Intriguing, insightful answers to your thorny theological queries
‘Male Dominance’ Debunked
DEAR DR. TOM: I read somewhere in the Bible that
Paul says women are supposed to obey men, especially
their husbands. I want to be a good Christian wife, but
sometimes I refuse my husband’s suggestions. So tell
me, am I wrong?
—Believer in Baltimore, Maryland
DEAR BELIEVER: Oh, yeah. Totally. The passage in
Ephesians frequently cited to support male dominance
(“Wives, be subject to your husbands as you are to the
Lord …”) is usually taken out of context. The author of
Ephesians, who scholars say was most likely not Paul but a
later advocate of his ideas, goes on to command Christian
men to do likewise: “Husbands, love your wives, just as
Christ loved the church and gave himself up for her”
(Ephesians 5: 25). The unknown author—we don’t know
if a man or woman composed Ephesians—goes on to say
children should obey their parents, but parents should not
“… provoke your children to anger but bring them up in
the discipline and instruction of the Lord” (6: 4).
Now for the truly radical part. Ephesians tells Christian
slave owners, “Stop threatening them, for you know that
both of you have the same Master in heaven, and with him
there is no partiality” (6: 9). That sentence exploded like
a bomb in a Greco-Roman world where 40 percent of the
population was held in bondage.
The real message of Ephesians isn’t subservience—it’s
agape, selfless love. If your husband has a suggestion and
you don’t agree, tell him. Talk about it. I hope he’ll do the
same when you suggest something. All sentient beings
have the divine spirit within them. My wife assures me,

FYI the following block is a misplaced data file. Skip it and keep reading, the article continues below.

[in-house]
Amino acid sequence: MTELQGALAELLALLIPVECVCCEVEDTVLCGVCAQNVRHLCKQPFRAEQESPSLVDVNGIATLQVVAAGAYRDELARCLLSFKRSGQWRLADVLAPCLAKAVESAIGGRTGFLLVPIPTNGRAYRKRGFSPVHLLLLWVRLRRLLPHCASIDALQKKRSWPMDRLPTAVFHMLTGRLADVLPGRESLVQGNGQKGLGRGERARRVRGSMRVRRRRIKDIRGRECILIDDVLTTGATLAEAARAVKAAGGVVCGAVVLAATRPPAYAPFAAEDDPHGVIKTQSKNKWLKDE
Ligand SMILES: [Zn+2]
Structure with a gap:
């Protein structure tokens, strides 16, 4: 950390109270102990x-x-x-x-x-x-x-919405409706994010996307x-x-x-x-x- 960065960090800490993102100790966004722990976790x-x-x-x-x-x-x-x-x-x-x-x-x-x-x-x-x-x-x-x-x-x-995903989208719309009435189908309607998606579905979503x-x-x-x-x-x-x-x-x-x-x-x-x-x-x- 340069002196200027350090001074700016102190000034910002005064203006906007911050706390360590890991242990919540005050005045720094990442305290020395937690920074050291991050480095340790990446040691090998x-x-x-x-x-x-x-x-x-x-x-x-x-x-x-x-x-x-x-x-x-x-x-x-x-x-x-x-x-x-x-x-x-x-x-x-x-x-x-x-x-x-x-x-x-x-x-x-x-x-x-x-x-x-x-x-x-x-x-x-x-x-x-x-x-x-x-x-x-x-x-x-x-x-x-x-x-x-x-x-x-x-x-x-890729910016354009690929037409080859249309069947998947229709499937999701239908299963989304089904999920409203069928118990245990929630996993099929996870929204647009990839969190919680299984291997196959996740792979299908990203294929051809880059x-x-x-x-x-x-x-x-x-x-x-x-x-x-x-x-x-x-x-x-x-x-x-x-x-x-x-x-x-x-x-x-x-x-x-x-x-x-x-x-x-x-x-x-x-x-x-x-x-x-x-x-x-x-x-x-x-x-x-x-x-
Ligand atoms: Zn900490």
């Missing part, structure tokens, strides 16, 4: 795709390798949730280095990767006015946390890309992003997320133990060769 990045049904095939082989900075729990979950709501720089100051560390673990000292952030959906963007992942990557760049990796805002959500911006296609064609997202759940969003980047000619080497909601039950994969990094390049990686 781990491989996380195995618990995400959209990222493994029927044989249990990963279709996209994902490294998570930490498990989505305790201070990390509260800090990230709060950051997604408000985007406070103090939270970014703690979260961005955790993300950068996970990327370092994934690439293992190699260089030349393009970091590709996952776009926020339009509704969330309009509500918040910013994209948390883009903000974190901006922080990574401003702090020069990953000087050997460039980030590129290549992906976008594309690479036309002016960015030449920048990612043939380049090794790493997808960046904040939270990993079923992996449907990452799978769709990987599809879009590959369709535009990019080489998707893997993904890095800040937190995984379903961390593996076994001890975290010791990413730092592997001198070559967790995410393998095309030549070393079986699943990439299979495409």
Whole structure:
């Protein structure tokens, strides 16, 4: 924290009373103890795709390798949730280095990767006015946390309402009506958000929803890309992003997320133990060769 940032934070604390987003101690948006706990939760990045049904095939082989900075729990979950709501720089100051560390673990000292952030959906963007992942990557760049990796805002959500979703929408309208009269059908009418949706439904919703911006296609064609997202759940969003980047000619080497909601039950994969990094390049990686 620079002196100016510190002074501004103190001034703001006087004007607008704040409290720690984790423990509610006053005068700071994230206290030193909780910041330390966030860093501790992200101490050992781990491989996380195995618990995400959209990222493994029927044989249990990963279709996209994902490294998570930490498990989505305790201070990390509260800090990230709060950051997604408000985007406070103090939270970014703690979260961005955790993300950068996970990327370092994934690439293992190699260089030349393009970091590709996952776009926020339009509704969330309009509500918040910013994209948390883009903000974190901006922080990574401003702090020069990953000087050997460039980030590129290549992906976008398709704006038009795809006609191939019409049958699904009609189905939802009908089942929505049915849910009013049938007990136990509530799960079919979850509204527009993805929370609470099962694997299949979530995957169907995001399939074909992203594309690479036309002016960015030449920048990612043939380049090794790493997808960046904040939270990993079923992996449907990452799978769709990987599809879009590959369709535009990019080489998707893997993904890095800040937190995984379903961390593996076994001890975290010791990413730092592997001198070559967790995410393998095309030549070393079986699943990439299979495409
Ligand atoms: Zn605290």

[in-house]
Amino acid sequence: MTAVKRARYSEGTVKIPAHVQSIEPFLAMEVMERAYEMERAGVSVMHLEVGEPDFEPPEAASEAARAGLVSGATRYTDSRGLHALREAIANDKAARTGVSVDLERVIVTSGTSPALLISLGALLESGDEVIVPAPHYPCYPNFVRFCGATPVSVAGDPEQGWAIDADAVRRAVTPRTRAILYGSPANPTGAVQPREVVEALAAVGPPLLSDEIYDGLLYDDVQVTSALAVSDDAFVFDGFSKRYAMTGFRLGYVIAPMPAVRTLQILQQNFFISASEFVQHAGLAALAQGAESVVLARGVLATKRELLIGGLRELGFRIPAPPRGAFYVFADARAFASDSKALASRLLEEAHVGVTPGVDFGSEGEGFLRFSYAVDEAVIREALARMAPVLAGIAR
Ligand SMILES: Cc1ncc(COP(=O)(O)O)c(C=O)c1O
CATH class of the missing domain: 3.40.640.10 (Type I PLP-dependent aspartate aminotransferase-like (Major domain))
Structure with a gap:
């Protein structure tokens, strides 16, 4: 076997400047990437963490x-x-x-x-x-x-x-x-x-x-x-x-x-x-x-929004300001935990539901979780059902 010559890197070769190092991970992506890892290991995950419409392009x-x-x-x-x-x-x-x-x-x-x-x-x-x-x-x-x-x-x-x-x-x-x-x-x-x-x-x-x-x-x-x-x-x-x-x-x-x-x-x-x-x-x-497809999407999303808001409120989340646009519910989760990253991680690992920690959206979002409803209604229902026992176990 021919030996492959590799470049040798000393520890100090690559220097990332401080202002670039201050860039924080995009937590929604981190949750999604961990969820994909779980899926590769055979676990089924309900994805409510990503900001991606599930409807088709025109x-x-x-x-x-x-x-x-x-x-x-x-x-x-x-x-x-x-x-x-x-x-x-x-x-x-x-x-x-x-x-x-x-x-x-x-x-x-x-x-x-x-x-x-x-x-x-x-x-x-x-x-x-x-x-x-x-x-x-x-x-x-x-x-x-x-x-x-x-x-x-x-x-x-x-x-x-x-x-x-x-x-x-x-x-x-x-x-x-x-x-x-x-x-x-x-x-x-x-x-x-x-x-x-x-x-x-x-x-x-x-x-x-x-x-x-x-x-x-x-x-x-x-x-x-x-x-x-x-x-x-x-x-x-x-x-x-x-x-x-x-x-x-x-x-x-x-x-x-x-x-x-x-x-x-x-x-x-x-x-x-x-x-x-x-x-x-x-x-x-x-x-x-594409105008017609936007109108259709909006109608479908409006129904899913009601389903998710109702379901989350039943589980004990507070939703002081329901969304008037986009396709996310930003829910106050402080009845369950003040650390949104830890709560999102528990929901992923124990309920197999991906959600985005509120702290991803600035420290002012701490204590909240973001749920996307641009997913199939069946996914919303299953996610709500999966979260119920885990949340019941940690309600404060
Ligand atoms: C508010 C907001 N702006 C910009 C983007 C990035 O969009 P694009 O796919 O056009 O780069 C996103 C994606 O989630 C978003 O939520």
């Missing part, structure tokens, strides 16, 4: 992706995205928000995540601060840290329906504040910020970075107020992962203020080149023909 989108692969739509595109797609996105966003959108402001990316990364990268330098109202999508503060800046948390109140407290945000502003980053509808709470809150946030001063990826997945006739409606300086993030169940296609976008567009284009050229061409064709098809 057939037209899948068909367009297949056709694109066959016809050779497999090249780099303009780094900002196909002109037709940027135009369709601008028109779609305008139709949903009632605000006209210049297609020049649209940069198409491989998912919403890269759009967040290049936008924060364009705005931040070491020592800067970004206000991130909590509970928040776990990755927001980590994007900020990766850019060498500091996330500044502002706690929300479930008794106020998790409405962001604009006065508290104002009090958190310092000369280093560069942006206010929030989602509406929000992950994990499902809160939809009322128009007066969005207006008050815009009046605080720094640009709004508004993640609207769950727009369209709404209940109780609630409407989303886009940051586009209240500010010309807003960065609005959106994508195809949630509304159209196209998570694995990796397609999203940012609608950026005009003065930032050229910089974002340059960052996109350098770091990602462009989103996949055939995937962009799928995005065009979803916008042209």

on a good day, that husbands are included.
DEAR DR. TOM: So every Easter we celebrate a dead body
that came back to life, conversed with friends over a fish
dinner, ascended into the sky, and sits on the right hand
of a celestial throne complex until returning one day to
send all us unbelievers to hell. Don’t you think it’s naïve to
—Skeptic in Seattle, Washington
DEAR SKEPTIC: Yep. See the next question.
DEAR DR. TOM: Do you believe the Bible is true?
—P. T.M., Auckland, New Zealand
DEAR P. T.M.: Let me repeat an old story and ask you a
question. Aesop’s fable of the “Fox and the Grapes,” from
the Latin version by Phaedrus:
Driven by hunger, a fox tried to reach
some grapes hanging high on the vine
but was unable to, although he leaped
with all his strength. As he went away,
the fox remarked “Oh, you aren’t even
ripe yet! I don’t need any sour grapes.”
People who speak disparagingly of
things that they cannot attain would do
well to apply this story to themselves.
Simple fable. Here’s a simple question: Is the story true?
Before you say, “No,” let me ask if the experience
reminds you of real life. Have you ever known someone
who wanted something badly, didn’t get it, and walked
away saying, “Well, it wasn’t right for me, anyway”?
If we look for life lessons, the story is true.
Except canids (dogs, wolves, and foxes) can’t gorge
themselves on grapes without becoming sick, and a fox
can’t talk. If you try to make the story a history lesson or
a study in wildlife, it isn’t literally true. However, we all
know people like that fox. In fact, I’ve been the fox more
than once in my life. Truth often comes in symbolism,
legend, fable, parable. It’s no accident that Jesus was a
storyteller, and nobody asked him to prove there was a
real Good Samaritan.
DEAR DR. TOM: With the environment on the verge of
crashing around us and climate change challenging
human survival, I feel guilty every time I eat a hamburger
or ride on an airplane. What should I do?
—J.H., San Francisco, California
DEAR J.H.: So stay home, ride a bike, and eat vegan. Or
join me on the flight and we’ll discuss ways to save the
planet over a Reuben sandwich.
REV. THOMAS SHEPHERD, D.MIN.,
FORMER PROFESSOR OF THEOLOGY AND
CHURCH HISTORY AT UNITY INSTITUTE®
AND SEMINARY, IS THE AUTHOR OF MANY
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